- Kurds- The People’s Protection Units (YPG) The multi-ethnic, semi-autonomous Democratic Federation of Northern Syria (DFNS) has so far been getting military and diplomatic support from the US-led coalition, and that support will determine a lot about the Kurds’ future in Syria. They have one simple goal. They want their own country from which live and self-govern. There are over 20 millions scattered between Turkey, Iraq, Iran and Syria. They simply want a homeland of their own. As passionate as they are to gain that homeland, the Turks, Iraqis, Iranians and Syrians are passionate about them not having it. The Kurds will continue to be the fly in the ointment as they are the best soldiers in the region, but without the help of a major power, they will remain homeland-less.
- Iraq- There is a real concern in Iraq that an escalation in Syria could create a dangerous security vacuum, strengthening the position of holdout IS militants who are already present near the Iraqi-Syrian border. Iraqs main concern is the security of its western border, particularly from terrorist groups who may move that direction if they believe that there is a possibility of a home there.
- Israel- The Israeli government’s greatest fear is a dramatic regional escalation, and the possibility that Syria will become a theatre of open conflict between Russia and states like the US, UK and France. The Israeli government faces a growing security challenge on its southern border, where there are weekly protests by thousands of Palestinians in the Gaza Strip. But the more serious security concern is the country’s extremely tense northern border with Syria.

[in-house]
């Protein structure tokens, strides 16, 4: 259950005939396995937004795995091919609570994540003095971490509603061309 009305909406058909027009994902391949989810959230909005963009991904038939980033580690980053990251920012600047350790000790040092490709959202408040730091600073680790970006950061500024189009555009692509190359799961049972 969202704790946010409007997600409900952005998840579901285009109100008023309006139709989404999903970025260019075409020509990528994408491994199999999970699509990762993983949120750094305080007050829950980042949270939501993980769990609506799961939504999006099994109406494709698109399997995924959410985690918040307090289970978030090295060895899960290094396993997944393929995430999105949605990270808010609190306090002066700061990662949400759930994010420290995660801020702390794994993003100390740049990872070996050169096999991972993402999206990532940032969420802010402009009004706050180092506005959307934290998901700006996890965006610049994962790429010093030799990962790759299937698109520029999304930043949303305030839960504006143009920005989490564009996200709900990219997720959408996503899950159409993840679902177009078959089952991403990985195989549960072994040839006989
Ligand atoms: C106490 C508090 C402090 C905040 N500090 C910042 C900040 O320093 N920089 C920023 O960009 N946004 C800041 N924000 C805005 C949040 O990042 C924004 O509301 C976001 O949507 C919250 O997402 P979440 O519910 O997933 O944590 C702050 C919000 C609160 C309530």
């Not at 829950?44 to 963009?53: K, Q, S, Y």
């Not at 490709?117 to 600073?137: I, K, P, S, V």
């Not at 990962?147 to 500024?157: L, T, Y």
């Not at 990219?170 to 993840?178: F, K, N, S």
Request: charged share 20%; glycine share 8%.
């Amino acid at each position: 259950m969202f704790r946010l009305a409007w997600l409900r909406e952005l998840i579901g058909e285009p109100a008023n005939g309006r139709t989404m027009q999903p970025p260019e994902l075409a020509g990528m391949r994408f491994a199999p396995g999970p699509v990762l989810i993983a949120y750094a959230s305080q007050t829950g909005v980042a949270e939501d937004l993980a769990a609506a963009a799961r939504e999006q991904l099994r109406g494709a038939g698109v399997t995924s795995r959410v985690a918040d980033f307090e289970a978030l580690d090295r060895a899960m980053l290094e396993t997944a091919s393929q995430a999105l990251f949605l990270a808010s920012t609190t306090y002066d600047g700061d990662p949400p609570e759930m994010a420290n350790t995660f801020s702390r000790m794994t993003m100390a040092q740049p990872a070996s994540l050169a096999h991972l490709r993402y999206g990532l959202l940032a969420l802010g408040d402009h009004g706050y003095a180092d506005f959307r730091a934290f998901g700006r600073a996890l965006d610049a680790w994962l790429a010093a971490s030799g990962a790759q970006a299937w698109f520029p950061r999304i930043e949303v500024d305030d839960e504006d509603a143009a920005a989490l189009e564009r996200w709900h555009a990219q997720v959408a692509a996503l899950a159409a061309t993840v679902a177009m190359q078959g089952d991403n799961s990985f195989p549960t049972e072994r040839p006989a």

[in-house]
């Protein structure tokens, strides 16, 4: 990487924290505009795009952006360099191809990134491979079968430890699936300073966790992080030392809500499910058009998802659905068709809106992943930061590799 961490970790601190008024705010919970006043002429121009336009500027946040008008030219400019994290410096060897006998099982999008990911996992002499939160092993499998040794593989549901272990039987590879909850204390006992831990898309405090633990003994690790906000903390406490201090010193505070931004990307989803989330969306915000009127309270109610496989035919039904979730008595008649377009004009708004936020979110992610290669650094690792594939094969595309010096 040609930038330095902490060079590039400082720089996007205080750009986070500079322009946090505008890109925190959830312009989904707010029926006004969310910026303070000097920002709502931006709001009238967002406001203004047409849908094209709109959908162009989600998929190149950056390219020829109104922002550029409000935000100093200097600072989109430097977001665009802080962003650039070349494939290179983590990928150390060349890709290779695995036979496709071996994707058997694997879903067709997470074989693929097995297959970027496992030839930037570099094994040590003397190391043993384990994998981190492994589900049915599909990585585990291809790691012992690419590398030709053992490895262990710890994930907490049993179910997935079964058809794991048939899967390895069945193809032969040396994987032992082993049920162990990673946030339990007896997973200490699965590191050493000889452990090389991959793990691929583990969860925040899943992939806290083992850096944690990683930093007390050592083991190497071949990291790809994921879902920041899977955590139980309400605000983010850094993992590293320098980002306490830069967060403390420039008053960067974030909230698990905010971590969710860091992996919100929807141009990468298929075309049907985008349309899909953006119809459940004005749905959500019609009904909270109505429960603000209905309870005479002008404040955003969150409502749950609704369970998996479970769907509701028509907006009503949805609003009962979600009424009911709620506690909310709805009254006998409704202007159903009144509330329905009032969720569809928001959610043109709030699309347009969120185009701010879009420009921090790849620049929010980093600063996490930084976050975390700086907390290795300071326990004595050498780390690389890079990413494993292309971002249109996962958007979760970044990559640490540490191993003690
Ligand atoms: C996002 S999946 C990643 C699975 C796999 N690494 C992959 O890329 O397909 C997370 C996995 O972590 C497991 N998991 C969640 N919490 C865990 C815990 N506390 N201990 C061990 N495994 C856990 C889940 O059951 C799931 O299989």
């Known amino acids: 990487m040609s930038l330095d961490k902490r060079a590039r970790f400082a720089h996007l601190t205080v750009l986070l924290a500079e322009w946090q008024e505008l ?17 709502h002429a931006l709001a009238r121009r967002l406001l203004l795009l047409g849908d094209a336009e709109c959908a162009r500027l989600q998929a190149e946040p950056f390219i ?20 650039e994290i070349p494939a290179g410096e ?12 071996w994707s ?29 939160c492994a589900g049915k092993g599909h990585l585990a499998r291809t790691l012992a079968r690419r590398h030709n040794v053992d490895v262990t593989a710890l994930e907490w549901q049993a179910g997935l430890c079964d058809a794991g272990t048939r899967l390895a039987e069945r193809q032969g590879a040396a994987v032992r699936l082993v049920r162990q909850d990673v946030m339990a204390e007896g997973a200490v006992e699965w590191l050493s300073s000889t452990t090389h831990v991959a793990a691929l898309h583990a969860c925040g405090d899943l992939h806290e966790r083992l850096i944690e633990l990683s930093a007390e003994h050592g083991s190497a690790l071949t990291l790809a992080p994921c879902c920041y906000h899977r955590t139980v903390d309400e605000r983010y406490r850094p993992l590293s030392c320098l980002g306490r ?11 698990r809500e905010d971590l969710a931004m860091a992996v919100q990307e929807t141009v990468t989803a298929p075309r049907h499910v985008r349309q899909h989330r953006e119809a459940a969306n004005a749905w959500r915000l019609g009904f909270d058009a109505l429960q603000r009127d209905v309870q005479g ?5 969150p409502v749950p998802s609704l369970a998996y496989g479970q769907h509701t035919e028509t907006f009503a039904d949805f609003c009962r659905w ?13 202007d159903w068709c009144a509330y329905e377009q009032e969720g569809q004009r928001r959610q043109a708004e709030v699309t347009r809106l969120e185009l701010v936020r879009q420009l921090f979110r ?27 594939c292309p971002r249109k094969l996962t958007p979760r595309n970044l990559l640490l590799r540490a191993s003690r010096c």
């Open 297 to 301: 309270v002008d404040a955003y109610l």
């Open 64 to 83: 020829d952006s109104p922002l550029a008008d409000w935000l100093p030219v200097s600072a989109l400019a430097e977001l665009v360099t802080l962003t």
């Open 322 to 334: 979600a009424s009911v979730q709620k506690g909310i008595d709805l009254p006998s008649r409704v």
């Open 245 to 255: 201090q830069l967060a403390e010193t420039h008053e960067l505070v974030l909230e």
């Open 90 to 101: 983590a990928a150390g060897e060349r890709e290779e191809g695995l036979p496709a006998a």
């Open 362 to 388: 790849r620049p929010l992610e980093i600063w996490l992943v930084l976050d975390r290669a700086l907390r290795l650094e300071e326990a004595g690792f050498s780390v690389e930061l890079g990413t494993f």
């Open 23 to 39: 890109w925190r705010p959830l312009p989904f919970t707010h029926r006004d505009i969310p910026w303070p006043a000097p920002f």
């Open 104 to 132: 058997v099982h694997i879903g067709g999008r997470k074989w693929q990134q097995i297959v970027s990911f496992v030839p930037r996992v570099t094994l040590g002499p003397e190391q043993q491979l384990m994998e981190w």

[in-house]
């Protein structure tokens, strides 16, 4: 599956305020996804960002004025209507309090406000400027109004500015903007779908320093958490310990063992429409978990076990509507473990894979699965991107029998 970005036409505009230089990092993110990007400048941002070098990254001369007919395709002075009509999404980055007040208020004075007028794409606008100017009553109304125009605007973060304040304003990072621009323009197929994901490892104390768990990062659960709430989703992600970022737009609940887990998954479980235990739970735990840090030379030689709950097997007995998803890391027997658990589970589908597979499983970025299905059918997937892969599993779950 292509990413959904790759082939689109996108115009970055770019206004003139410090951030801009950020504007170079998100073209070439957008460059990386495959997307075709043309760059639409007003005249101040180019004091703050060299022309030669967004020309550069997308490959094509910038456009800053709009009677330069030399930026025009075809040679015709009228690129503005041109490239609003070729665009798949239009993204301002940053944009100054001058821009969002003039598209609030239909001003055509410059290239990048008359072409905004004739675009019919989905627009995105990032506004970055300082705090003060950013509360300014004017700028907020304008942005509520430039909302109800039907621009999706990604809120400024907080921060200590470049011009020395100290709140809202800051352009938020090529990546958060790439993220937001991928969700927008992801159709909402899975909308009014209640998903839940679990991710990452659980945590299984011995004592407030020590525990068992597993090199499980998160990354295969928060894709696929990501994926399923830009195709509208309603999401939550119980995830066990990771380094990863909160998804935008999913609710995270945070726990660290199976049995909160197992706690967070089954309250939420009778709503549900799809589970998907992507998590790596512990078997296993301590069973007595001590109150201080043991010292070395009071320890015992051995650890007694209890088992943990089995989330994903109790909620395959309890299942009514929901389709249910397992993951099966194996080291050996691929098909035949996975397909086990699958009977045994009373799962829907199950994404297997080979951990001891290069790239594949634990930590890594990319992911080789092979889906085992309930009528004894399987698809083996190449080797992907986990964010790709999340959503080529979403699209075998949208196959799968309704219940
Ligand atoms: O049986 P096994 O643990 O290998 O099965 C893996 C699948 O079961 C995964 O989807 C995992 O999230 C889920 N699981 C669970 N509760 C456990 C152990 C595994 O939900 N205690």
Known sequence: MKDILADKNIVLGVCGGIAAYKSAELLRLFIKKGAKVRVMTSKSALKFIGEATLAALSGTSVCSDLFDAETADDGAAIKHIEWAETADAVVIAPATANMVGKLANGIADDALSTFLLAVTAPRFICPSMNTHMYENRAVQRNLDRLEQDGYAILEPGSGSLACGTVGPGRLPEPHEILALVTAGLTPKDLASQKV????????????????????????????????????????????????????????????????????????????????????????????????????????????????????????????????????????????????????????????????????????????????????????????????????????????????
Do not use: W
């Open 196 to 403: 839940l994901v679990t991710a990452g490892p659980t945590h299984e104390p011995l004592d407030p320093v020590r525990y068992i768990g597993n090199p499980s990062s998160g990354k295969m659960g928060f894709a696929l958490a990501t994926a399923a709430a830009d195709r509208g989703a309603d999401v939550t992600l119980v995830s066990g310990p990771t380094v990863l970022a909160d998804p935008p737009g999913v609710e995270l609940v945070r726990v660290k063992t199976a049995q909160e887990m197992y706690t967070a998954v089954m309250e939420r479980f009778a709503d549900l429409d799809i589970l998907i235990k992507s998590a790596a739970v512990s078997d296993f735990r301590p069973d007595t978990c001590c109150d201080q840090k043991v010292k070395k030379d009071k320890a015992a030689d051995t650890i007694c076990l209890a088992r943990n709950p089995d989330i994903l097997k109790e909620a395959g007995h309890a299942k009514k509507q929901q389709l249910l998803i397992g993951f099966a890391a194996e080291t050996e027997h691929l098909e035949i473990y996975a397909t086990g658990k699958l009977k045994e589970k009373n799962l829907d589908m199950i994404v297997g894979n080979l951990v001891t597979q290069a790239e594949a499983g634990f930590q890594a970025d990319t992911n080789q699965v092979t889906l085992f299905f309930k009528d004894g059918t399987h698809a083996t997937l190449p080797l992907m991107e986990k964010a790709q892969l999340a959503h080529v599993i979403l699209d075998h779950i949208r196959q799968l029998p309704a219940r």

- European Union and NATO- Though the EU and NATO are not the same thing they share a lot of common players. Their primary concern is the escalation of conflict that might spread to Europe. They are also concerned about the continued flow of Refugees who are trying to come to Europe. With another possible flow of refugees, it could very well over tax the already heavily burdened welfare system within European countries. NATO remains a serious player in the counter-balancing of Russia as well. Even though there is serious tension between the EU and the current US administration, there is little change between the close friendship and partnership between the US military and the militaries of NATO.
- Armed anti-government Rebel groups– There are believed to be as many as 1,000 armed opposition groups in Syria, commanding an estimated 100,000 fighters. “Among the estimated 60,000 opposition fighters in Idlib are at least 10,000 radicals affiliated with the al-Qaida-linked group, Hayat Tahrir al-Sham (Arabic for Levant Liberation Committee),” AP writes. “Thousands of foreign fighters, from China, Europe and the Middle East, are the backbone of the radical groups. I won’t try to name them all. But I will give you some websites that can if you are interested.
Next week we will look at how events are unfolding particularly in Idlib and what we can expect as a result of major players machinations. These events are unfolding this week. This is not history, this is a current event…perhaps even today.